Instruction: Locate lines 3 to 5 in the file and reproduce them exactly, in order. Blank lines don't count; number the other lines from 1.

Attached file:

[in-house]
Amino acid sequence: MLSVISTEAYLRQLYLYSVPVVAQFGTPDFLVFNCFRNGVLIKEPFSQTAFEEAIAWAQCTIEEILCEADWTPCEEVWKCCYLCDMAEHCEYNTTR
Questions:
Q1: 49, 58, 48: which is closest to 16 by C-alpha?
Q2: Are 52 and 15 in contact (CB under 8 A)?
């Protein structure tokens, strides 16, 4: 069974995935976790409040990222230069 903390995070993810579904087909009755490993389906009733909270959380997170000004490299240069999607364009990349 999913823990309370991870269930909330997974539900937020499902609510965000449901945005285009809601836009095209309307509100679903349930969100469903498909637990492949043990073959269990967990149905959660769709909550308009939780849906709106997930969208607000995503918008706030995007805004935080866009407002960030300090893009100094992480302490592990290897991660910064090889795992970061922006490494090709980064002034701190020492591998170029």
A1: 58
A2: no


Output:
Questions:
Q1: 49, 58, 48: which is closest to 16 by C-alpha?
Q2: Are 52 and 15 in contact (CB under 8 A)?